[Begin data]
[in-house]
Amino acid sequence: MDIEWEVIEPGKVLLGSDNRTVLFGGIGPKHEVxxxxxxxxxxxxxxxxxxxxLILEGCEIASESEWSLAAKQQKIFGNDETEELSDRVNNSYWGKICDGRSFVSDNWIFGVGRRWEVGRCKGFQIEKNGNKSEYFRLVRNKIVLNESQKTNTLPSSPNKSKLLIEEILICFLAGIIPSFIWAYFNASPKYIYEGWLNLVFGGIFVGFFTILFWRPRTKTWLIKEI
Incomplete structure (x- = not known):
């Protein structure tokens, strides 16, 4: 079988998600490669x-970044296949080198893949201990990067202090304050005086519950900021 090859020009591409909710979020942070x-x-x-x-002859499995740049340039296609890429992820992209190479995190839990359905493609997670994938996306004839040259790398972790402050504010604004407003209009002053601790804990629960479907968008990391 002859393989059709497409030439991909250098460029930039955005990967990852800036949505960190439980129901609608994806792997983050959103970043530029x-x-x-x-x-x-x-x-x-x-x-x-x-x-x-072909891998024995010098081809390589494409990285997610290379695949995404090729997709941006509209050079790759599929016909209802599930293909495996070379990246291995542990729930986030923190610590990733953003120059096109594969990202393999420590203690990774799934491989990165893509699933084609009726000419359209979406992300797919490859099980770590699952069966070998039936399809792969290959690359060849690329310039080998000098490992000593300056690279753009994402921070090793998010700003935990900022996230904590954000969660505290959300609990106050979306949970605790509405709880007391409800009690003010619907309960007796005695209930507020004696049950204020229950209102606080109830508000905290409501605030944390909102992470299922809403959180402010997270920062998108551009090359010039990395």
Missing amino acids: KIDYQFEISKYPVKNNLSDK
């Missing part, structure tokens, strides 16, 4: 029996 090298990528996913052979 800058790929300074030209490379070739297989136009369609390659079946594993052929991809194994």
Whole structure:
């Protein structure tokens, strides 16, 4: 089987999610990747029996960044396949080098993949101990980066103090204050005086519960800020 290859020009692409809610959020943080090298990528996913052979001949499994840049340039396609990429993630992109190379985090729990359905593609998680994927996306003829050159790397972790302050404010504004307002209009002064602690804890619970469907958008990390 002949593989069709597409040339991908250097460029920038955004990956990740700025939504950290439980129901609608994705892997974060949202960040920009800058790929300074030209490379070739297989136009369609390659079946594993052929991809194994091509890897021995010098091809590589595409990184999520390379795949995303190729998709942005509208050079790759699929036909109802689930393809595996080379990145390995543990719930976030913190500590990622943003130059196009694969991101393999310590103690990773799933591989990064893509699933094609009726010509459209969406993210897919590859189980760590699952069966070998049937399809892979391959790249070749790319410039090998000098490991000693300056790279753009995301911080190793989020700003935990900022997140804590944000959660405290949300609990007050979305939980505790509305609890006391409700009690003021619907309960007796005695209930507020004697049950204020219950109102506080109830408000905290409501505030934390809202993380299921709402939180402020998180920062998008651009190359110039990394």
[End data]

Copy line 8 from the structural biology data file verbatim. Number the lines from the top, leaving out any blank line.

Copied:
């Protein structure tokens, strides 16, 4: 089987999610990747029996960044396949080098993949101990980066103090204050005086519960800020 290859020009692409809610959020943080090298990528996913052979001949499994840049340039396609990429993630992109190379985090729990359905593609998680994927996306003829050159790397972790302050404010504004307002209009002064602690804890619970469907958008990390 002949593989069709597409040339991908250097460029920038955004990956990740700025939504950290439980129901609608994705892997974060949202960040920009800058790929300074030209490379070739297989136009369609390659079946594993052929991809194994091509890897021995010098091809590589595409990184999520390379795949995303190729998709942005509208050079790759699929036909109802689930393809595996080379990145390995543990719930976030913190500590990622943003130059196009694969991101393999310590103690990773799933591989990064893509699933094609009726010509459209969406993210897919590859189980760590699952069966070998049937399809892979391959790249070749790319410039090998000098490991000693300056790279753009995301911080190793989020700003935990900022997140804590944000959660405290949300609990007050979305939980505790509305609890006391409700009690003021619907309960007796005695209930507020004697049950204020219950109102506080109830408000905290409501505030934390809202993380299921709402939180402020998180920062998008651009190359110039990394």